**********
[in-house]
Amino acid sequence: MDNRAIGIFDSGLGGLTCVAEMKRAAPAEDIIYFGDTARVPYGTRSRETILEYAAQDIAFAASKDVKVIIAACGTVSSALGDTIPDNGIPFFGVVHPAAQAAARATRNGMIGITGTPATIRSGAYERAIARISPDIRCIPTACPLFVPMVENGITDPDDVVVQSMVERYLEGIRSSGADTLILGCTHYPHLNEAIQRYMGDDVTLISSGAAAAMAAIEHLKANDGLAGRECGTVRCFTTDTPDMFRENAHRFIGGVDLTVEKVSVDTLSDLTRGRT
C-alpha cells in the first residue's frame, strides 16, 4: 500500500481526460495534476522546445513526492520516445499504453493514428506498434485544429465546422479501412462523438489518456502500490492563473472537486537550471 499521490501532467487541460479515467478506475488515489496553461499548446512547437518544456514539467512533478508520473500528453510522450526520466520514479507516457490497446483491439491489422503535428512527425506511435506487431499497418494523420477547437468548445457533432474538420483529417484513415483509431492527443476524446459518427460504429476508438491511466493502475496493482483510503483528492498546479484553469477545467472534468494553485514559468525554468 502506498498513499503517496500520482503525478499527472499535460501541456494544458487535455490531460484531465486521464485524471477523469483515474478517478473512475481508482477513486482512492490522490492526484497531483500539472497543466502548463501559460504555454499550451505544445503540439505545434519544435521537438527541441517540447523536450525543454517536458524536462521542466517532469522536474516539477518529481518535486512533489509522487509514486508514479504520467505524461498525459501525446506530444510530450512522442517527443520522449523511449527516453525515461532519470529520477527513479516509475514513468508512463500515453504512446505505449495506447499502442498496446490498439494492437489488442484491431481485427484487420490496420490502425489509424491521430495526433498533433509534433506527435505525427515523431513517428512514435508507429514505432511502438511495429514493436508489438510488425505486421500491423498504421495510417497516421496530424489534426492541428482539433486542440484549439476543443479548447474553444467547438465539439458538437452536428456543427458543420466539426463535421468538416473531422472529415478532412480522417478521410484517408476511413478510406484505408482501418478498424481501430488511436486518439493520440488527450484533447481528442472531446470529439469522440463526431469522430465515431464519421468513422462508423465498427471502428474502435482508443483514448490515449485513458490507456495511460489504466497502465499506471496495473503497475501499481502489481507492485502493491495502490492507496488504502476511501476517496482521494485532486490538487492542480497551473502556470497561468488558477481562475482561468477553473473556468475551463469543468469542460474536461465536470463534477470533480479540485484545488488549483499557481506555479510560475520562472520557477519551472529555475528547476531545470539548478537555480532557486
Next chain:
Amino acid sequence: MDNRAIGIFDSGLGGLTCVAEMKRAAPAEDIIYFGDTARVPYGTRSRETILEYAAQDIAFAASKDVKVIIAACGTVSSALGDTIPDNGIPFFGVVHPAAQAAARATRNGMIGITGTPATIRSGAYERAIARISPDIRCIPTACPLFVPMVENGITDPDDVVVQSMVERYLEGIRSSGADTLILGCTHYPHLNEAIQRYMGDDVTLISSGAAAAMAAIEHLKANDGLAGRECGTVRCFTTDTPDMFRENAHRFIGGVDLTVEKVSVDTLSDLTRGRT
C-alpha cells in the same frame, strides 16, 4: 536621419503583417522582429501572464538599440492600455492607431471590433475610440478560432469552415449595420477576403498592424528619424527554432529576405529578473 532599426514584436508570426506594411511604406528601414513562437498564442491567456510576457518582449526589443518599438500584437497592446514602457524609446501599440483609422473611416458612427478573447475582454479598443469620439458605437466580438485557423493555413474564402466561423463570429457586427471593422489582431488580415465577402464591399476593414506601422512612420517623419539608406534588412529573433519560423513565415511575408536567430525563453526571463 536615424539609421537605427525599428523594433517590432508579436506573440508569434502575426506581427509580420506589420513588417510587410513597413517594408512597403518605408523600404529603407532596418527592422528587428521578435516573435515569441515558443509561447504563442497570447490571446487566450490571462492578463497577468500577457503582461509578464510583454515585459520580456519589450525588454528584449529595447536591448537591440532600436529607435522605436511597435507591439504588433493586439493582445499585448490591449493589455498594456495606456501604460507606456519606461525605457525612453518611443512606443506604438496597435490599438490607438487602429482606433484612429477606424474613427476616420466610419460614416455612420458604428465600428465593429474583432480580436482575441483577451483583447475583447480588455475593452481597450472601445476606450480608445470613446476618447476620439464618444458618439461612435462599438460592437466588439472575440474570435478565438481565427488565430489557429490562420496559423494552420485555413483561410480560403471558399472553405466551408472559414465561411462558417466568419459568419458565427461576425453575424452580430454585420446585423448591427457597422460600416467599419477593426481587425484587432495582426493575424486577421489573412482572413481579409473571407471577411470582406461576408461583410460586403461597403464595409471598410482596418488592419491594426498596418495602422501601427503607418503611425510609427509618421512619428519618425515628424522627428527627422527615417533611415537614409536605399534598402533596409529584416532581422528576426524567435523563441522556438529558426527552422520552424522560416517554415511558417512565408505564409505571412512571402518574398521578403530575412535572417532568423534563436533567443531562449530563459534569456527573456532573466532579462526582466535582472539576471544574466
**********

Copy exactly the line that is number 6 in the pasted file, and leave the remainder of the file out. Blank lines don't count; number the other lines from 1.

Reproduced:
C-alpha cells in the same frame, strides 16, 4: 536621419503583417522582429501572464538599440492600455492607431471590433475610440478560432469552415449595420477576403498592424528619424527554432529576405529578473 532599426514584436508570426506594411511604406528601414513562437498564442491567456510576457518582449526589443518599438500584437497592446514602457524609446501599440483609422473611416458612427478573447475582454479598443469620439458605437466580438485557423493555413474564402466561423463570429457586427471593422489582431488580415465577402464591399476593414506601422512612420517623419539608406534588412529573433519560423513565415511575408536567430525563453526571463 536615424539609421537605427525599428523594433517590432508579436506573440508569434502575426506581427509580420506589420513588417510587410513597413517594408512597403518605408523600404529603407532596418527592422528587428521578435516573435515569441515558443509561447504563442497570447490571446487566450490571462492578463497577468500577457503582461509578464510583454515585459520580456519589450525588454528584449529595447536591448537591440532600436529607435522605436511597435507591439504588433493586439493582445499585448490591449493589455498594456495606456501604460507606456519606461525605457525612453518611443512606443506604438496597435490599438490607438487602429482606433484612429477606424474613427476616420466610419460614416455612420458604428465600428465593429474583432480580436482575441483577451483583447475583447480588455475593452481597450472601445476606450480608445470613446476618447476620439464618444458618439461612435462599438460592437466588439472575440474570435478565438481565427488565430489557429490562420496559423494552420485555413483561410480560403471558399472553405466551408472559414465561411462558417466568419459568419458565427461576425453575424452580430454585420446585423448591427457597422460600416467599419477593426481587425484587432495582426493575424486577421489573412482572413481579409473571407471577411470582406461576408461583410460586403461597403464595409471598410482596418488592419491594426498596418495602422501601427503607418503611425510609427509618421512619428519618425515628424522627428527627422527615417533611415537614409536605399534598402533596409529584416532581422528576426524567435523563441522556438529558426527552422520552424522560416517554415511558417512565408505564409505571412512571402518574398521578403530575412535572417532568423534563436533567443531562449530563459534569456527573456532573466532579462526582466535582472539576471544574466